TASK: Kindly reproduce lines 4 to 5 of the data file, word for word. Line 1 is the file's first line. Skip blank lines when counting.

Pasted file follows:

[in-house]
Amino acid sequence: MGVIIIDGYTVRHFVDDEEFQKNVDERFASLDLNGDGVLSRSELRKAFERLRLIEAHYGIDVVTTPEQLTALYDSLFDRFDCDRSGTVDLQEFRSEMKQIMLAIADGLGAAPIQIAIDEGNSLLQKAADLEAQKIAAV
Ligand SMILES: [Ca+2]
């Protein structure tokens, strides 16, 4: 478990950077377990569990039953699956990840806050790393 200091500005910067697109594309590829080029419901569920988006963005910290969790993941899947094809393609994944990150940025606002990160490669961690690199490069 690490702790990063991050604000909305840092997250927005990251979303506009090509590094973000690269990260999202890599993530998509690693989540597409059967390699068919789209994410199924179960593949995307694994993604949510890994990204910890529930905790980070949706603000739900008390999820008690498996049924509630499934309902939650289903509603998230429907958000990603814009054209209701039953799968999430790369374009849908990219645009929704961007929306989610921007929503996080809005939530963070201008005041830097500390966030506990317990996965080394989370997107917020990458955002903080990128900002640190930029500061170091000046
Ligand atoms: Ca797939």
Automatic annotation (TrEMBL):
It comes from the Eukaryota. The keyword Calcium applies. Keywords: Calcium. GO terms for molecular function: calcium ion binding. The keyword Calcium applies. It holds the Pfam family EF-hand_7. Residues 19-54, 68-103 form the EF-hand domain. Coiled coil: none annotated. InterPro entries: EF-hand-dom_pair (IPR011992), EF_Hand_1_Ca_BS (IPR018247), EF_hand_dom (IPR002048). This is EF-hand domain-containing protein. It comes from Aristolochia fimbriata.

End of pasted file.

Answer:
């Protein structure tokens, strides 16, 4: 478990950077377990569990039953699956990840806050790393 200091500005910067697109594309590829080029419901569920988006963005910290969790993941899947094809393609994944990150940025606002990160490669961690690199490069 690490702790990063991050604000909305840092997250927005990251979303506009090509590094973000690269990260999202890599993530998509690693989540597409059967390699068919789209994410199924179960593949995307694994993604949510890994990204910890529930905790980070949706603000739900008390999820008690498996049924509630499934309902939650289903509603998230429907958000990603814009054209209701039953799968999430790369374009849908990219645009929704961007929306989610921007929503996080809005939530963070201008005041830097500390966030506990317990996965080394989370997107917020990458955002903080990128900002640190930029500061170091000046
Ligand atoms: Ca797939």